Despite all the problems with HealthCare.gov, a few dozen Alaskans have managed to enroll in a health plan through the marketplace. Lara Imler is one of them.
Imler, a 37-year-old hair stylist in Anchorage, ditched her office job as an accountant in 2004. She says she loves making people feel better about themselves and is a lot happier cutting hair than she was sitting in front of a computer. But she does miss one big thing about her old job: "I had health insurance, and it was wonderful."
Ten days after a court verdict found a man guilty of sexual assault, two of his victims — his 14- and 15-year-old nieces — stepped into a StoryCorps booth.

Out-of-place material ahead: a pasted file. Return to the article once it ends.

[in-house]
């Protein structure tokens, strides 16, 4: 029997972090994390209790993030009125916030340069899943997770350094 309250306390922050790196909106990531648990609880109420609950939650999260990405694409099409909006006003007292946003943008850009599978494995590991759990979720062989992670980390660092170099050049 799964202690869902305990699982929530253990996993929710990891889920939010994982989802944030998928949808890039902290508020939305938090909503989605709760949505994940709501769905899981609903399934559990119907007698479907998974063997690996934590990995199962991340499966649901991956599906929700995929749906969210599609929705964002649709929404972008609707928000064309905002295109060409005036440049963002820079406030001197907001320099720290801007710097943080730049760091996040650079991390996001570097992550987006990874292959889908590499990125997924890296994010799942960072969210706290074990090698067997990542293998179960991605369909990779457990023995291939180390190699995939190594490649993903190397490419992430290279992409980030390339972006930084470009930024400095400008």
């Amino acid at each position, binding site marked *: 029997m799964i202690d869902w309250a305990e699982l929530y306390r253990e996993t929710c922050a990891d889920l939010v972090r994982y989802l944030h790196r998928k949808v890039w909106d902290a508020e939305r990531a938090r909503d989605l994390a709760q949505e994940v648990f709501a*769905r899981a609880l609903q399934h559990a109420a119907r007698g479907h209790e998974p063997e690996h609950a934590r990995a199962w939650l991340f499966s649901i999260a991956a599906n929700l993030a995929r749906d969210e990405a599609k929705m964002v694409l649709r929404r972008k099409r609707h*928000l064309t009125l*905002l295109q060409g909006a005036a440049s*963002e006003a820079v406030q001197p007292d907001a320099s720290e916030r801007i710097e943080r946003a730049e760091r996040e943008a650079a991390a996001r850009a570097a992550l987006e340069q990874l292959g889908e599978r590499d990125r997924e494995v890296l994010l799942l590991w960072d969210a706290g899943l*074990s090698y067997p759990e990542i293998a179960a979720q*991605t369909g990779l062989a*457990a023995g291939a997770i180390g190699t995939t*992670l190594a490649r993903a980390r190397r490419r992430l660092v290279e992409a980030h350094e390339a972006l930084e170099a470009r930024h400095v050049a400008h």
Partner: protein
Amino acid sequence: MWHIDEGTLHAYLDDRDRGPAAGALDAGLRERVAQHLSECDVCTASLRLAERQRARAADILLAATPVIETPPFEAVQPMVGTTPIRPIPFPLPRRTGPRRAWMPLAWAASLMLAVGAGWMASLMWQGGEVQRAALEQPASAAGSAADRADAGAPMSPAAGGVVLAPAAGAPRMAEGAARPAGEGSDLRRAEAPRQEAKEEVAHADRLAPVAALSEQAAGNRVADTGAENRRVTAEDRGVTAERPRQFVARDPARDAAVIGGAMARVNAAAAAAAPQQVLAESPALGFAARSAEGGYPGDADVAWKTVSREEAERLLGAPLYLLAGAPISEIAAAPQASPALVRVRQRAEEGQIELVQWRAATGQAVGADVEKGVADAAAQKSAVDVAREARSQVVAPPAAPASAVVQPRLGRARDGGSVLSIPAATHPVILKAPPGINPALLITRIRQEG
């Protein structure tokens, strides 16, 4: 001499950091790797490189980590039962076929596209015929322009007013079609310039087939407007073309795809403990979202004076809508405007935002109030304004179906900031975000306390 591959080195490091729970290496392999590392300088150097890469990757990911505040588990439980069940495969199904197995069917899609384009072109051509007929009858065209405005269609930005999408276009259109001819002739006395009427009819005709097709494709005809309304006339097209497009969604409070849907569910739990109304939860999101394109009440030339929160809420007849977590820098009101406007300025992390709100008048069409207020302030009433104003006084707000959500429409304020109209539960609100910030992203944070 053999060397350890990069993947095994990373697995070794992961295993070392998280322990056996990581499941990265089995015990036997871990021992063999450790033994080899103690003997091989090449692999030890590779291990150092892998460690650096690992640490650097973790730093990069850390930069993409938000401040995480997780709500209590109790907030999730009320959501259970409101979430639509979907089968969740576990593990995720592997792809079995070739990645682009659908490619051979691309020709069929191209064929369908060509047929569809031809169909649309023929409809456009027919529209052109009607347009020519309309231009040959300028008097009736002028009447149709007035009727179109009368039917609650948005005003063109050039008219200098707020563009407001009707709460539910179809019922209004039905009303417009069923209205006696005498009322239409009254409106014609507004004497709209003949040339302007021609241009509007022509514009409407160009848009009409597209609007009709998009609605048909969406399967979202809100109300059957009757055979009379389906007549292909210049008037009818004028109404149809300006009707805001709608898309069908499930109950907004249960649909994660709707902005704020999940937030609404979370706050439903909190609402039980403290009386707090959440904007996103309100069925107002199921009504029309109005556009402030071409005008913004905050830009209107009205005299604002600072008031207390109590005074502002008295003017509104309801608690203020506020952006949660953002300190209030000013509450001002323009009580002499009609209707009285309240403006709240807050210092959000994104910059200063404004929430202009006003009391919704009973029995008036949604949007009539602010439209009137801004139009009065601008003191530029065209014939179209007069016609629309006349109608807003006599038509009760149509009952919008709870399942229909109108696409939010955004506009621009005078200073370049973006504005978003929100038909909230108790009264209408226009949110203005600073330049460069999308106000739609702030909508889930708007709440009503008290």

"He was a police officer," the older sister said. "This big SWAT man with all the badges and the uniforms, and he couldn't keep his hands to himself. He sexually assaulted me when no one was around. I felt like I was on pause my whole childhood. A prisoner — dead. And I didn't say a word to anybody for seven years."
Audio produced for Morning Edition by Katie Simon with Jud Esty-Kendall.
Nov. 22 will mark the 50th anniversary of the assassination of President John F. Kennedy in Dallas, a moment that left an indelible mark on those who remember it.
It also permanently changed the agency charged with protecting the president — the U.S. Secret Service.
Looking back at the images of Kennedy, first lady Jackie Kennedy, Texas Gov. John Connally and his wife waving as they rode through the streets of Dallas in an open Lincoln, it all looks terribly innocent and naive.